During his presentation to the World Public Relations Forum on May 29, 2016, Eric Bergman stated his view that public relations professionals have an opportunity to carve out a new area of practice globally and become more trusted advisors to clients. To do this, PR professionals need to bridge the gap between truth and transparency, and virtually eliminate the focus on bridging to messages.
Bergman covered three topics during his presentation. First, he defined a number of terms. Second, he provided examples of how it is possible to be truthful, but not transparent. Third, he demonstrated how the skill of answering questions clearly and concisely not only builds better understanding, but brings together truth and transparency.
Bergman began by defining four terms: lying, deception, spin and transparency. Quoting philosopher Sissela Bok, he explained that lying occurs when someone makes a statement that they believe to be untrue at the time they said it, even if that statement ends up being true at a later date. Deception occurs when someone creates an impression from the facts that they themselves do not believe, even if the facts are true.
“The best definition of spin I’ve ever seen was from a paper by John Mearsheimer to the American Political Association,” Bergman said. “He defined spin as arranging facts in way that portrays the individual or organization in the most positive light.”
A resume, for example, is a perfect example of spin. “If the facts are correct and the impression left by the facts is correct,” Bergman explained, “there is nothing wrong with spin.”
Bergman then defined transparency in three words: ask me anything. This means answering as many questions as possible, but clearly and concisely. “If someone stands in front a group and answers 1,000 questions clearly and concisely in two hours, can that person lay claim to transparency?” asks Bergman. “Of course. I have nothing to hide, so ask me anything. But if they barely pay lip service to the question and bridge to what is important to them or their organization, can they lay claim to transparency? Probably not.”
Bergman concluded the first section by pointing out that the bridge between truth and transparency is the question and answer process. “To protect themselves from lies, deception and spin, people ask questions, and that trend will only accelerate,” he explained. “People want answers. As communications professionals, our objective should be to counsel our clients to provide answers, not ignore questions and talk about what’s important to the organization.”
In the second section of his presentation, Bergman explained how it is possible to be truthful but not transparent. One example he often uses to explain the difference is of a real estate agent showing a customer a potential home. The customer asks: “How far is the nearest school?”
The real estate agent replies by saying: “Talk of school often reminds me of school taxes. Did you know that this is one of the lowest assessed areas in the region? Imagine all the money you will be able to save for your child’s post-secondary education.”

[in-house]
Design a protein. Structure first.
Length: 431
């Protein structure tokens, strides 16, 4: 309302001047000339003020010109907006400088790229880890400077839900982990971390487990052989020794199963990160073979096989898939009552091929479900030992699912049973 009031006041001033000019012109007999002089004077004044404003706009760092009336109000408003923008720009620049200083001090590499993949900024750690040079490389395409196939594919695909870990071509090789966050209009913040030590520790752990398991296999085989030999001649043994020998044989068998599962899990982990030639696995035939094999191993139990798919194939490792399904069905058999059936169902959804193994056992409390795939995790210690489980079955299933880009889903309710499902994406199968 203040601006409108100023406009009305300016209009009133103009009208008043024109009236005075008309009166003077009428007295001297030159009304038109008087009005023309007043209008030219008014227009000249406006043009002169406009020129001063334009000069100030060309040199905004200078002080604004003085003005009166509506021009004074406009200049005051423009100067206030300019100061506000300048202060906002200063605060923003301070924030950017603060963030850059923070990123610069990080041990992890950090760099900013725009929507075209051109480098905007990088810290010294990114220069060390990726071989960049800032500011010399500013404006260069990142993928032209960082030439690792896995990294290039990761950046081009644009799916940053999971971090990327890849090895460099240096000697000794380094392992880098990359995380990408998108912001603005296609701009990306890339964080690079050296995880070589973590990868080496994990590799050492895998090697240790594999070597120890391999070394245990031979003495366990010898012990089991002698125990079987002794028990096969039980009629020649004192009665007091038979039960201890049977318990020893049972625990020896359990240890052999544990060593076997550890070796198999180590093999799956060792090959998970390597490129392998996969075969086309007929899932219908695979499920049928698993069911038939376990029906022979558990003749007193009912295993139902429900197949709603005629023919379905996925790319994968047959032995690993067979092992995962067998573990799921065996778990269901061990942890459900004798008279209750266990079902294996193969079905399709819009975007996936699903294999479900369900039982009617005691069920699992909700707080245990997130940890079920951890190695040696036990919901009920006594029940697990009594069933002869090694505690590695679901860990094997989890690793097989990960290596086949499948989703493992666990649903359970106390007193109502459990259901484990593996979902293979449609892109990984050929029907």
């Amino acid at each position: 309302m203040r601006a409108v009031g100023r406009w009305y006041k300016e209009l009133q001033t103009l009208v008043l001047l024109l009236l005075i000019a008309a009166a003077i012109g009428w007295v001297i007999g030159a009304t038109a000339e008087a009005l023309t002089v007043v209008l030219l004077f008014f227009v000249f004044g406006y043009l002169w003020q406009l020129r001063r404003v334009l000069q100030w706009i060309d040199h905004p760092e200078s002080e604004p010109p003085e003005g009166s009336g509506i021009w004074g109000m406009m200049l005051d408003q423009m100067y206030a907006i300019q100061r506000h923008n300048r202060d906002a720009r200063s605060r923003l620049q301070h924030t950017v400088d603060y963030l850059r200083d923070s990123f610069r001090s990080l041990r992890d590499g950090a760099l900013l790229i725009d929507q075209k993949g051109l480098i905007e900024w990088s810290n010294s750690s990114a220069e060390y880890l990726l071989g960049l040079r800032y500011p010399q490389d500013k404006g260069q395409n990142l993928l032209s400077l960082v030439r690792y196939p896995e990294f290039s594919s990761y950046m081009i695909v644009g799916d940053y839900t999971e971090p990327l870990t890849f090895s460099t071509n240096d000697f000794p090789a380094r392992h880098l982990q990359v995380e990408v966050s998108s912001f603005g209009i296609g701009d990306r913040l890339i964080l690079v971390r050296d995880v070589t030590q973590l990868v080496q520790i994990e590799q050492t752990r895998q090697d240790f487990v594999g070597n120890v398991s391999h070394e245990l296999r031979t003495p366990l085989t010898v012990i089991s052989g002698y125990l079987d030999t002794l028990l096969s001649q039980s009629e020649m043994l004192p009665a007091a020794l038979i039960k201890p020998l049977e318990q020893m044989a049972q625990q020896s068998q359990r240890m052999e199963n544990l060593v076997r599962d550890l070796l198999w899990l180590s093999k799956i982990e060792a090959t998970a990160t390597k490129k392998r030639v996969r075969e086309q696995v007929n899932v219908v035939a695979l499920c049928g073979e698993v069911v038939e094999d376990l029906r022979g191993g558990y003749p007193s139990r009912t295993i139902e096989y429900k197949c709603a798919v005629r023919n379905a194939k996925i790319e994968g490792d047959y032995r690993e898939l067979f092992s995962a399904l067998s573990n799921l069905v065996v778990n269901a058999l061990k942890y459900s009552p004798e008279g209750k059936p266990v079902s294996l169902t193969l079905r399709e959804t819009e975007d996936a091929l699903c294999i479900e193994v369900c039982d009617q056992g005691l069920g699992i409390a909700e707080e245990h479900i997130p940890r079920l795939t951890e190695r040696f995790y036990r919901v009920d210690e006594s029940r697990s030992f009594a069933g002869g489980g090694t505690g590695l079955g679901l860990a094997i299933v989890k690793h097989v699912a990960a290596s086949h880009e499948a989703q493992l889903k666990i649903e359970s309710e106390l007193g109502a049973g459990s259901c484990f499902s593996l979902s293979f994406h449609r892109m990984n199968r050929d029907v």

What would the customer’s next question be? Most likely: “How far is the nearest school?”
The real estate agent then replies by saying: “School time is important, but so is after school time with your family. Did you know this property is adjacent to a conservation area? In fact, you will be able to open your back gate and walk right into it. It’s like having all of the beauty and tranquility of the country and convenience of the city.”
Is the real estate agent being truthful? Yes, if the taxes are low and the conservation area is outside the back gate. The agent cannot be faulted for lying or deception. He or she is focusing on perceived benefits of the house to leave the customer with the best possible impression.
But what impression does this leave with the customer? How does not answering a simple question impact the relationship? Bergman believes that most people would be left with the impression that the nearest school is 50 miles away.
Bergman concluded this section by pointing out that the public relations profession would better serve clients if it understood the value of answering questions clearly and concisely. He believes the skill of answering questions can be embodied in three words: pause-answer-stop. Pause and think; answer the question asked and only the question asked; then stop talking.
Bergman concluded his interactive hour by stating: “It’s important to understand the definitions of lies, deception, spin and transparency and that it is possible to be truthful but not transparent. If someone believes ‘ask me anything’ is a reasonable working definition of transparency, then answering questions in clear, concise terms is the bridge that gets us there from the truth.
“As a profession, we would better serve our clients if we helped them bridge the gap between truth and transparency, rather than telling someone asking a question that something else is important. The tactic of bridging to messages has become an outdated paradigm in an information-driven world, and we would better serve our clients if we embraced that fact.”
For more information, Eric Bergman can be reached at 416-410-3273, through his website at www.presentwithease.com, or by e-mail at firstname.lastname@example.org.